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Posts tagged ‘size’

Pizza Sizes

IMG_3210The children had been using the pizza boxes in their play as they delivered and orders pizzas.  As the children played, the teachers helped, by modeling, using the size terms for their pizzas.  We began to wonder where we could find the actual sizes and a child suggested looking on our iPad.  We went to the Happy Joe’s Website and were able to find that Happy Joe’s has four different sizes.  They carry a Little Joe which is six inches, a small which is nine inches, medium is twelve inches and a large is fifteen.  One child believed that we needed to have the sizes up on display (as the do at the actual Happy Joe’s).  She set up her work space using paper, pencils, and a ruler.  As soon as she began to create the first one she realized that using a ruler might not work.  She asked other friends how they created their pizzas and the other children began to run in the same problem.  She tries several other ideas and then begins to feel frustrated.  Mahi tells her about a pencil protractor and wonders if they could go look for one around the building.  She decides to create her own.  She wraps a string around a pencil and measures six inches.  She holds the string down at the beginning of the ruler and stretches the string to six inches.  She then moves the pencil around in a circle.  After the circle is created, she measures it and realize it is too big.  She then moves down to five inches and creates a ten inch pizza.  She continues to do this until she finds the perfect measurement, three inches.  She continues this method until she finishes the medium pizza.  She then asks to come back to it tomorrow.

The following day, she returns to her work and realizes she can not use a ruler as she needs a fifteen inch pizza.  She tries the method she used the day before using a measuring tape.  She creates IMG_2772several different pizza outlines and each time she measures them they are not the correct amount.  She gets an idea to trace a circle item and begins bring items over that are circle.  She then realizes and shares, “I have to get a pretty big circle because small circles are not going to work.”  After ten minutes, she finds a laundry basket.  She measures it and it equals fifteen inches.  She traces it and re-measures to make sure it was fifteen inches.  The measurement is seventeen.  She tries again and the same thing happens.  She then realizes, “I was measuring the inside but traced the outside!!”  She continues until she finds an item that will work.  Her work is currently being used as part of our Happy Joe’s Restaurant.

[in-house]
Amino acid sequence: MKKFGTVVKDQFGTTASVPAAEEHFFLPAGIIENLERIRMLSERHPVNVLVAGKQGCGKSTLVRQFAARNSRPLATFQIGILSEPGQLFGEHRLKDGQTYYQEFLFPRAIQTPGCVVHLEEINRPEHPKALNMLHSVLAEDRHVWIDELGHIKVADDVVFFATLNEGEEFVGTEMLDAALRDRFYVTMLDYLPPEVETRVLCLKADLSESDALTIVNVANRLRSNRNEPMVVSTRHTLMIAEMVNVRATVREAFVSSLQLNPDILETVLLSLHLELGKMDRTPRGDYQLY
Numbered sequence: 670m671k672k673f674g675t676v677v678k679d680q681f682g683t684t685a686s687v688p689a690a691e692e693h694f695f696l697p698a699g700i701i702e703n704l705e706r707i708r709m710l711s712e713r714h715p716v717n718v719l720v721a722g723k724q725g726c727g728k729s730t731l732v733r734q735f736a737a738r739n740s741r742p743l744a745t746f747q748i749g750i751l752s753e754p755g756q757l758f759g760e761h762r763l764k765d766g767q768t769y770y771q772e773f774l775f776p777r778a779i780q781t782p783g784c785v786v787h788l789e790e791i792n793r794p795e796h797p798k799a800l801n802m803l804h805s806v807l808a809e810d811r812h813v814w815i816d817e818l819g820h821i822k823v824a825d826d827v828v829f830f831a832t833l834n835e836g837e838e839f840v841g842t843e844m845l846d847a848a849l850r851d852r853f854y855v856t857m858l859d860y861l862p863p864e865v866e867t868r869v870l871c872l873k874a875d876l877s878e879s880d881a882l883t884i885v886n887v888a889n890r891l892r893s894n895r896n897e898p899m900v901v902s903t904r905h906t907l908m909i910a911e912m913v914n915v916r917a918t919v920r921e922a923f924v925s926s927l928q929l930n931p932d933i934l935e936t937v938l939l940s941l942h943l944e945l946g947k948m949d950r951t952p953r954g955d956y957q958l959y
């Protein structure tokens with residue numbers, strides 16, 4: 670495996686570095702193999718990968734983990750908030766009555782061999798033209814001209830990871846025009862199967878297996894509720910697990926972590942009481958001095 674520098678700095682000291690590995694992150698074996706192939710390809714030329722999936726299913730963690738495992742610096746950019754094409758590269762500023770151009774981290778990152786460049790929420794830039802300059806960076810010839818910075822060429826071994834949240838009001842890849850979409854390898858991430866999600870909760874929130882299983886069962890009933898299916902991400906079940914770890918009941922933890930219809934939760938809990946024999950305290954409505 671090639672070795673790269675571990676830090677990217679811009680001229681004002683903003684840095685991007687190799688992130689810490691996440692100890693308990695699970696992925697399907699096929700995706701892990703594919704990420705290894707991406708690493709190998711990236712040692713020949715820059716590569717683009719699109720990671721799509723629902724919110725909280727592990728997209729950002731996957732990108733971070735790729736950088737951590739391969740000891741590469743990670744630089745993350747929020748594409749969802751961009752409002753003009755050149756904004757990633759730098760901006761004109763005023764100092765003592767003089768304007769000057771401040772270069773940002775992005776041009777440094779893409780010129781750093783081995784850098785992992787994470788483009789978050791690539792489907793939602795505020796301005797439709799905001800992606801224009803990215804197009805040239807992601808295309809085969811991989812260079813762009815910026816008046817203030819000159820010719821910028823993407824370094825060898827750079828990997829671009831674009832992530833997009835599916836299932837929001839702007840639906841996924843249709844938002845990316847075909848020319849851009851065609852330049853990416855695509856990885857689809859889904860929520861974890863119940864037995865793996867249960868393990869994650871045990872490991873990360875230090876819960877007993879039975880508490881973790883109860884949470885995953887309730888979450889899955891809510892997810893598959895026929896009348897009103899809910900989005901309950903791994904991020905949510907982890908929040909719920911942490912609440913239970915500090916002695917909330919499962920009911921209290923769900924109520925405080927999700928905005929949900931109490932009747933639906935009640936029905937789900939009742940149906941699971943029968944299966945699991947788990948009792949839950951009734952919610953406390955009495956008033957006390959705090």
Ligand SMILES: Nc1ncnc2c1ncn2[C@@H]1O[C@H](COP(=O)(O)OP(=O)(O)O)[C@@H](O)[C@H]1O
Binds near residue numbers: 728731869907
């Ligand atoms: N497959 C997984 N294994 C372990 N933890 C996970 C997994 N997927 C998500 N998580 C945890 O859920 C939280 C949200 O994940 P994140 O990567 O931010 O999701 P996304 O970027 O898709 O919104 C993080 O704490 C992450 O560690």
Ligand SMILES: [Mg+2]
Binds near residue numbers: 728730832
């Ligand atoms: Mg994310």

Fetal Models

During project work, we find it very important to give the children anything real that the children can touch, feel, hold, sketch, and investigating.  Although the children can not obviously touch a real fetus the models were the closest models we could explore.  In order to find these models, I was able to contact an organization that was willingly to let us borrow the materials.  It is important when asking for items to borrow in your classroom to share with the organization the importance of project work, what it actually is, and how the children intend on using it.  I typically like to share photos, anecdotes, and representation with these organizations to show  them how we used the materials.  You do need to be an advocate for your children because often times the organization does not know how confident and capable we believe children ages two, three, four, and five can be!  Please share this knowledge with them so that they know how capable they are!

The Leapfrogs were provided with models of four wombs and three fetal models to fit in the wombs with babies the size of babies that are ten, twelve, and fourteen weeks along.  Maddie (3.7), Drake (3.10), and Alli (2.11) feel the models of the fetuses. Maddie shares while holding the fourteen week old fetus, “If this baby comes out it will go to the NICU (Neo-Natal Intensive Care Unit).  If that baby comes out (the full term baby) then it will be okay.”

The fetuses and the uteruses were set on the table for investigation. Aidan (5.2) puts the fetuses in order according to size without any prompts. He points to each fetus and identifies them as big, medium and small.   Alex (5.4) organizes the wombs from the fetuses according to size.  He then shares the sizes of each by starting at the top, “Hugest, biggest, small, and very small.

Alex (5.4) looks at each of the four uteruses and three fetuses.  He wonders why the arms, ears, legs, and body are more defined in the last fetus compared to the first one.  Mahi offers him a book to look for the answer.  Alex looks at each page and shares with Mahi.  “These pictures are showing the babies ear and eyes.  It looks like it starts small and then big.  Is that what that says?”

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